As a child, I never would have guessed I'd one day be paid to type the phrase "jock itch."
Actually, I'm sort of surprised now as an adult to find that jock itch, and its southerly cousin athlete's foot, still exist. There's something sort of quaint about these and other minor locker room infections — they seem to belong in the moldering realm of short shorts and tube socks that marked our fathers' Saturday mornings at the Y. Surely today's athletes, with their x-treme cross trainers and x-treme...
The answer is a resounding yes, say travel health experts. With proper planning and precautions, the 7 in 10 Americans hitting the roads and skies this summer can help ensure a healthy vacation for their families.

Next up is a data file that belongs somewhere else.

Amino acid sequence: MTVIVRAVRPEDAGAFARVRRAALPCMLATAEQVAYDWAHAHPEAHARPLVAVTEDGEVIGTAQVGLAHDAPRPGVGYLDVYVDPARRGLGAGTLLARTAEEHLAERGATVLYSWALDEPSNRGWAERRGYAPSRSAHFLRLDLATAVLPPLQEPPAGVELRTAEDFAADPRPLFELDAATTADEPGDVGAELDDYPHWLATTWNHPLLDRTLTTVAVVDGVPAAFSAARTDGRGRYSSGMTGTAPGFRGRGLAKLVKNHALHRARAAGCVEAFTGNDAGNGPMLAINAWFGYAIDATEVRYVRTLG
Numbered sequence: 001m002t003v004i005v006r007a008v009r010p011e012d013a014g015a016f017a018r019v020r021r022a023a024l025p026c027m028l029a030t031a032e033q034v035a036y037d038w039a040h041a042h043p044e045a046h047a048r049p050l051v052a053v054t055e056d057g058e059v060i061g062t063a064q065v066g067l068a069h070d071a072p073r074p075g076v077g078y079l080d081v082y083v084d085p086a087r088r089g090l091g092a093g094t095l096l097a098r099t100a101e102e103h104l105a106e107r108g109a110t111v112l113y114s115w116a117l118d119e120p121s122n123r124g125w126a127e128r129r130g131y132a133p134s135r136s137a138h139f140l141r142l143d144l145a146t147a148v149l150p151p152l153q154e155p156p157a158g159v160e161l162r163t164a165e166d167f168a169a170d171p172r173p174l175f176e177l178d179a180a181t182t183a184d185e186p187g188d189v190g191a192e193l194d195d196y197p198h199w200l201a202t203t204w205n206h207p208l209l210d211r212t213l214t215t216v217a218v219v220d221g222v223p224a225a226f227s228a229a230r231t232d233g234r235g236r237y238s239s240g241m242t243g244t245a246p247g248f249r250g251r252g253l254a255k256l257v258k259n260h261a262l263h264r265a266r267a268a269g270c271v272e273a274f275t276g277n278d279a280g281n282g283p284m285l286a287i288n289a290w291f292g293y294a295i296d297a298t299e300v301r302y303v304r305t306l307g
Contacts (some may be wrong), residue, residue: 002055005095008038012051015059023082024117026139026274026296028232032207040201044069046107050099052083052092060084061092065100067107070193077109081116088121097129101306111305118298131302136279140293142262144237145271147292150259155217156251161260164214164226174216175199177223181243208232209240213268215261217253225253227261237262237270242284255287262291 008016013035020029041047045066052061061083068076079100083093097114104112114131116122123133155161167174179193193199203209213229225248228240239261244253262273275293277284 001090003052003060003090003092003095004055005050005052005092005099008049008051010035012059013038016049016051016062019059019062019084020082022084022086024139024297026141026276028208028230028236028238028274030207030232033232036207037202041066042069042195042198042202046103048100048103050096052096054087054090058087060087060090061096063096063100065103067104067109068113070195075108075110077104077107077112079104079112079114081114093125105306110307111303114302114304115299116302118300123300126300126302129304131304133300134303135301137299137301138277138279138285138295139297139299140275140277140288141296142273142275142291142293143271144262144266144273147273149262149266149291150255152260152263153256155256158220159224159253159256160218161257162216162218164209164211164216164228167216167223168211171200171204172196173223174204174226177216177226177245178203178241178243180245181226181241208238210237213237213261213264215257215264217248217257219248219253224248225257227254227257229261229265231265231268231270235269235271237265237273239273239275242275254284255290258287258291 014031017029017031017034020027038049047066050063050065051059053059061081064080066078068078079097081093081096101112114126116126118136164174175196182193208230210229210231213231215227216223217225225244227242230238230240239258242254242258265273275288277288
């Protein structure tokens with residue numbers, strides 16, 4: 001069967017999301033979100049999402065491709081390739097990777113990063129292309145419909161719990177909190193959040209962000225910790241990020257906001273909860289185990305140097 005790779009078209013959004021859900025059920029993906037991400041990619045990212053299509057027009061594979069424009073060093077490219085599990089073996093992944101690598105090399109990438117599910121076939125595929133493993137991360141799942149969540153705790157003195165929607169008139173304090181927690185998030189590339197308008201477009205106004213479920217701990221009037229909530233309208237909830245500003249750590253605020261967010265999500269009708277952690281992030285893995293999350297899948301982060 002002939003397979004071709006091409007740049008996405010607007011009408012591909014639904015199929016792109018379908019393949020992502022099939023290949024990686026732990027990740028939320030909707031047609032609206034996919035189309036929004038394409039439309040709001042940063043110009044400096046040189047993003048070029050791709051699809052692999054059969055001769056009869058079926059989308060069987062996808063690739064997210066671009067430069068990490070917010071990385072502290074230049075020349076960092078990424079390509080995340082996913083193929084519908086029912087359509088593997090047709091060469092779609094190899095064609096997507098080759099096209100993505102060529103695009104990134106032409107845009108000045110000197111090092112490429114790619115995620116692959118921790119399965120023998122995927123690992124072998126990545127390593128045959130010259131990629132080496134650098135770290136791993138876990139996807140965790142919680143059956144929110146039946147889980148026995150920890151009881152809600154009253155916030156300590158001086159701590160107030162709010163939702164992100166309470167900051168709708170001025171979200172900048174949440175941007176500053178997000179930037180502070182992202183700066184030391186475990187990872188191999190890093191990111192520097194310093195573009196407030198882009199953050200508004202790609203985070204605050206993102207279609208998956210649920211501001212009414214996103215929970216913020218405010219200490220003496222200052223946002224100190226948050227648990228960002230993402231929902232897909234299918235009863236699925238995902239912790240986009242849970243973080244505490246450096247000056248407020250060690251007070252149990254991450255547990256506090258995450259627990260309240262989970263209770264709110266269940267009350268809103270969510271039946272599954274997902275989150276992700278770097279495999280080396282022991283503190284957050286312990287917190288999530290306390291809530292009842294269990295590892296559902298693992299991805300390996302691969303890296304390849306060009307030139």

Here is some travel health advice, straight from the experts.
"Think about health in advance of your trip," advises Bradley Connor, MD, a travel health specialist at Weill Medical College of Cornell University and president of the International Society of Travel Medicine (ISTM).
"If you have a chronic health problem, get a checkup before you leave," he says. And find out as much as you can in advance about destination-specific health risks. The ISTM as well as the CDC and the World Health Organization (WHO) offer up-to-date information.
Pack a Travel Health Kit
Expect the unexpected, warns Connor. He tells all his patients to pack a travel health kit, equipped with the following: